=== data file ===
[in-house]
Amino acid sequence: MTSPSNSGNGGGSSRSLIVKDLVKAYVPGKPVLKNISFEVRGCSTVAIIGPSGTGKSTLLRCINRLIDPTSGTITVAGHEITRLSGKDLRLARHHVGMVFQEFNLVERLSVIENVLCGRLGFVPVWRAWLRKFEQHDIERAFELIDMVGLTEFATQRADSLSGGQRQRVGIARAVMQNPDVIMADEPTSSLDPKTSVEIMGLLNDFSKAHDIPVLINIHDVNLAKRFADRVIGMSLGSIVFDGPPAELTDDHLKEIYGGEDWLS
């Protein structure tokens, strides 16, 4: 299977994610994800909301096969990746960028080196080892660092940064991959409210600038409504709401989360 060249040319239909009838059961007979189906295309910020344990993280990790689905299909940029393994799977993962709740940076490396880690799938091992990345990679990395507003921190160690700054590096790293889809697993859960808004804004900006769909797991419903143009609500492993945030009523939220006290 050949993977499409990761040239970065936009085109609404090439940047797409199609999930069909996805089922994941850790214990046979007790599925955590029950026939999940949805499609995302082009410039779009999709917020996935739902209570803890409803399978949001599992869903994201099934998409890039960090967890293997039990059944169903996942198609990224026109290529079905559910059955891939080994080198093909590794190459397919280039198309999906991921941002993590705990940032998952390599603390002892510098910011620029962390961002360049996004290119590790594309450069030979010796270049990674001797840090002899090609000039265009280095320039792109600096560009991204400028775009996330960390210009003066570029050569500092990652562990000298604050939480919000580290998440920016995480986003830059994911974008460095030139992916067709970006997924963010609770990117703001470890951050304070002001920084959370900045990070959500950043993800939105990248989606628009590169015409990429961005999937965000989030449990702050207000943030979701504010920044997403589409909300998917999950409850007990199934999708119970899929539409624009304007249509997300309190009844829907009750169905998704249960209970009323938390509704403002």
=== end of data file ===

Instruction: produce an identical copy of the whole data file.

[in-house]
Amino acid sequence: MTSPSNSGNGGGSSRSLIVKDLVKAYVPGKPVLKNISFEVRGCSTVAIIGPSGTGKSTLLRCINRLIDPTSGTITVAGHEITRLSGKDLRLARHHVGMVFQEFNLVERLSVIENVLCGRLGFVPVWRAWLRKFEQHDIERAFELIDMVGLTEFATQRADSLSGGQRQRVGIARAVMQNPDVIMADEPTSSLDPKTSVEIMGLLNDFSKAHDIPVLINIHDVNLAKRFADRVIGMSLGSIVFDGPPAELTDDHLKEIYGGEDWLS
């Protein structure tokens, strides 16, 4: 299977994610994800909301096969990746960028080196080892660092940064991959409210600038409504709401989360 060249040319239909009838059961007979189906295309910020344990993280990790689905299909940029393994799977993962709740940076490396880690799938091992990345990679990395507003921190160690700054590096790293889809697993859960808004804004900006769909797991419903143009609500492993945030009523939220006290 050949993977499409990761040239970065936009085109609404090439940047797409199609999930069909996805089922994941850790214990046979007790599925955590029950026939999940949805499609995302082009410039779009999709917020996935739902209570803890409803399978949001599992869903994201099934998409890039960090967890293997039990059944169903996942198609990224026109290529079905559910059955891939080994080198093909590794190459397919280039198309999906991921941002993590705990940032998952390599603390002892510098910011620029962390961002360049996004290119590790594309450069030979010796270049990674001797840090002899090609000039265009280095320039792109600096560009991204400028775009996330960390210009003066570029050569500092990652562990000298604050939480919000580290998440920016995480986003830059994911974008460095030139992916067709970006997924963010609770990117703001470890951050304070002001920084959370900045990070959500950043993800939105990248989606628009590169015409990429961005999937965000989030449990702050207000943030979701504010920044997403589409909300998917999950409850007990199934999708119970899929539409624009304007249509997300309190009844829907009750169905998704249960209970009323938390509704403002």